For your 40A circuit, assuming 2 circuits, #8 copper or #6 aluminum can handle 44A. Note that you need a disconnect at the mini-split, and the disconnect will be rated for aluminum wire even if the mini-split isn't.

You need a 120V outlet within 25' of the mini-split outdoor unit for the serviceman's benefit. If you don't already have plans for that, change the disconnect to a 4+ space subpanel and stick a 120V breaker in there for the 120V receptacle.

For your 20A circuit, as we crunched in the above example, you are fine with #12.

Ground can be combined if you have an appropriate place to fork the splice, but let's assume we don't. Also, grounds can be bare, and if so, they are much smaller diameter. But you must enter this manually into the fill calculator as they don't have it pre-programmed.

  • 3 x #12 wires
  • 1 x #10 Cu or #8 AL wire
  • 2 x #8 Cu or #6 AL wire.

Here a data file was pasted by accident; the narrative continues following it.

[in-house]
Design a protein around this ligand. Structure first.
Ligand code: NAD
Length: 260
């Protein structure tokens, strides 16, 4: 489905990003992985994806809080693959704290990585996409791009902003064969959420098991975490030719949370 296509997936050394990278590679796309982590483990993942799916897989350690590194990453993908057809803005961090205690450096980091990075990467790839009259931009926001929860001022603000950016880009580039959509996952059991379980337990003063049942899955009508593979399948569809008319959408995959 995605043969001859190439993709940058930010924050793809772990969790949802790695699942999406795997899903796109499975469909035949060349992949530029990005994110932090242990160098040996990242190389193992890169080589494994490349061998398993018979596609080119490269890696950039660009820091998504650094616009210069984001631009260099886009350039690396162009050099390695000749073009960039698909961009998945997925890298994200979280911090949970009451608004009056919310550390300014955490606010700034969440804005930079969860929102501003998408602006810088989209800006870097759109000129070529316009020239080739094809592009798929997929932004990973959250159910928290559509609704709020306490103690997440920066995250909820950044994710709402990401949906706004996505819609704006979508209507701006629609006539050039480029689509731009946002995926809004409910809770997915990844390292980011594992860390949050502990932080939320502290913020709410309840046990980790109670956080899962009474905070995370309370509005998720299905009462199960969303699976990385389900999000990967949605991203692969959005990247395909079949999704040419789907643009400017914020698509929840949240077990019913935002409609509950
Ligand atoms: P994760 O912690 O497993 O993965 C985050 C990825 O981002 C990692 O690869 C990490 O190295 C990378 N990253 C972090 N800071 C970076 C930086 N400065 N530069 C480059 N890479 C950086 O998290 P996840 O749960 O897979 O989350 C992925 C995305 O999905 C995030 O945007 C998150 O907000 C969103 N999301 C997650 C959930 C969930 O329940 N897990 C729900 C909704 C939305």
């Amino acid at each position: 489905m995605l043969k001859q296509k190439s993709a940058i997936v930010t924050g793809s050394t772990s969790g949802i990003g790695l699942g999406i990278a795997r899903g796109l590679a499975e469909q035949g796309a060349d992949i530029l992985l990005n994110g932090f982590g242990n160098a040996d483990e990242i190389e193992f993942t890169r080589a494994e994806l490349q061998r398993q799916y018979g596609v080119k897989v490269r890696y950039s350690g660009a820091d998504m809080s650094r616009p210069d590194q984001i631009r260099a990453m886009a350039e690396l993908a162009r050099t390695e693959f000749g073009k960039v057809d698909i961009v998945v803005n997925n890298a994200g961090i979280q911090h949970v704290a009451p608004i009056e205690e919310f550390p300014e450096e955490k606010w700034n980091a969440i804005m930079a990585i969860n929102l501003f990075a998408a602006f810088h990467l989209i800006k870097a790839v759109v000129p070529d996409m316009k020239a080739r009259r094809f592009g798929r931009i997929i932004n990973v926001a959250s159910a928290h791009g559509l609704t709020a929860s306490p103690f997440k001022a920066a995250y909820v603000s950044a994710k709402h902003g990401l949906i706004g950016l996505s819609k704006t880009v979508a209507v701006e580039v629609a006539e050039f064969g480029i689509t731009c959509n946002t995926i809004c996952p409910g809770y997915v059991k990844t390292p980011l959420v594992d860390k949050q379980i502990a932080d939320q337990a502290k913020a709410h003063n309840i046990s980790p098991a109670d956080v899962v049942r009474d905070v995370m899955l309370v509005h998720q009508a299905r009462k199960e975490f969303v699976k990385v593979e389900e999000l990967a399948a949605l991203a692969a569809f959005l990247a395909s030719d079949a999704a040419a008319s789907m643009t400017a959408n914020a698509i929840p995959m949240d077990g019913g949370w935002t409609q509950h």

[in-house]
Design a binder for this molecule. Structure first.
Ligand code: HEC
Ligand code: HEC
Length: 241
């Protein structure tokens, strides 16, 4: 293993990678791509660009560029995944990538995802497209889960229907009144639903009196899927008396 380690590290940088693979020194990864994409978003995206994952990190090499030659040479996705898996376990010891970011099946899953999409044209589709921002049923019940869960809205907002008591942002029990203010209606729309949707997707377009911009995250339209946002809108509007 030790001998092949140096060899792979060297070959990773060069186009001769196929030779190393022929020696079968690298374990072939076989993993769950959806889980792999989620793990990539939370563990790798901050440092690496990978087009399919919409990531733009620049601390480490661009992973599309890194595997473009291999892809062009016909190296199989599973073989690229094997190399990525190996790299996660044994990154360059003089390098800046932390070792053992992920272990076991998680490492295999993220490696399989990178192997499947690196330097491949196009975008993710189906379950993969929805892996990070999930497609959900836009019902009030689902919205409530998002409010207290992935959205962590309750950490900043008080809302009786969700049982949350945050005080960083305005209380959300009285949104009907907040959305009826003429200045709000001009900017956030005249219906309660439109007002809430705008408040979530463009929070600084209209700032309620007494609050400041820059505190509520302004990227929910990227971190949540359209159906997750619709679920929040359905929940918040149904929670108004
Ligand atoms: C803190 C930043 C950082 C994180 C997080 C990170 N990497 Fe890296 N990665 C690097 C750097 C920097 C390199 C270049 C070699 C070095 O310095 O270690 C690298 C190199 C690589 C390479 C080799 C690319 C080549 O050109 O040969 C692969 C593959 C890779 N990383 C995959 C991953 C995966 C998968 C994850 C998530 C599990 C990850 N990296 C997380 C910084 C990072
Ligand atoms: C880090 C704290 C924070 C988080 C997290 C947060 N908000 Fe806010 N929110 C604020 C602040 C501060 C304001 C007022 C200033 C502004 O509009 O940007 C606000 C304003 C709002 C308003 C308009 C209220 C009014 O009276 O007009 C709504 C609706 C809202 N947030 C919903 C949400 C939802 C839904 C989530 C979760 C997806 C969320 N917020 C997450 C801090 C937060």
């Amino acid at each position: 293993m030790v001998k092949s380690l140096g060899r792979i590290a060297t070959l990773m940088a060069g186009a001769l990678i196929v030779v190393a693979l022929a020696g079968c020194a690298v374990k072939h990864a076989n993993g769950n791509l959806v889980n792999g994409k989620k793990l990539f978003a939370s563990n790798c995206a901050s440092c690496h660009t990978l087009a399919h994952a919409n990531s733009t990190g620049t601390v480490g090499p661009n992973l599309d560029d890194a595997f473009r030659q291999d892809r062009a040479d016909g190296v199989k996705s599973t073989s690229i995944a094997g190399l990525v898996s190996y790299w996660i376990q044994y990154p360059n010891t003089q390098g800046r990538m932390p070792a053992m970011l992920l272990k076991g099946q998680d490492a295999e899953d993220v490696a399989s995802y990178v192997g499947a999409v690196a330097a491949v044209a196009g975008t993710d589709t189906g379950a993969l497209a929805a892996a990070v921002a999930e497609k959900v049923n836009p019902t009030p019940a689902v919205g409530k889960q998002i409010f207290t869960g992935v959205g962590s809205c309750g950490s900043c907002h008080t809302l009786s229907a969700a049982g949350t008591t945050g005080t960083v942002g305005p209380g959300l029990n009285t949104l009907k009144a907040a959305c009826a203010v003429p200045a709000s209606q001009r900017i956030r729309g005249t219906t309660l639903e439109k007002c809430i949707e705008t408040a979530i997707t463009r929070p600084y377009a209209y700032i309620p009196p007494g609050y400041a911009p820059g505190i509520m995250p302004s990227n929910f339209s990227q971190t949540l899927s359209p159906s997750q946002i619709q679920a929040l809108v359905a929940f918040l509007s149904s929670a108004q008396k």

Plug those into the conduit fill calculator and it will spit out the pipe size needed. No DIYer ever ever got fired for buying extra-large conduit! 3/4" conduit will do this without doubt. You could squeeze it into 1/2" conduit with #8 and bare grounds.

Oh, one other thing. If you go with EMT metal conduit the ground wires can go away. Now you have 2x#12 and 2x#8, fullstop. Now you can get it done in 1/2" conduit (31% fill for #8 and 39% fill for #6).

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  • WOW, thanks for the thorough answer, Harper. I thought I had most of it covered, but missed the 120v outlet for service to the outdoor unit. Thanks for that. I'll probably just add another hot to the 120 v circuit and turn it into a MWBC, of course properly connected to opposite poles with handle tied breakers for the service outlet. Jun 10, 2022 at 4:35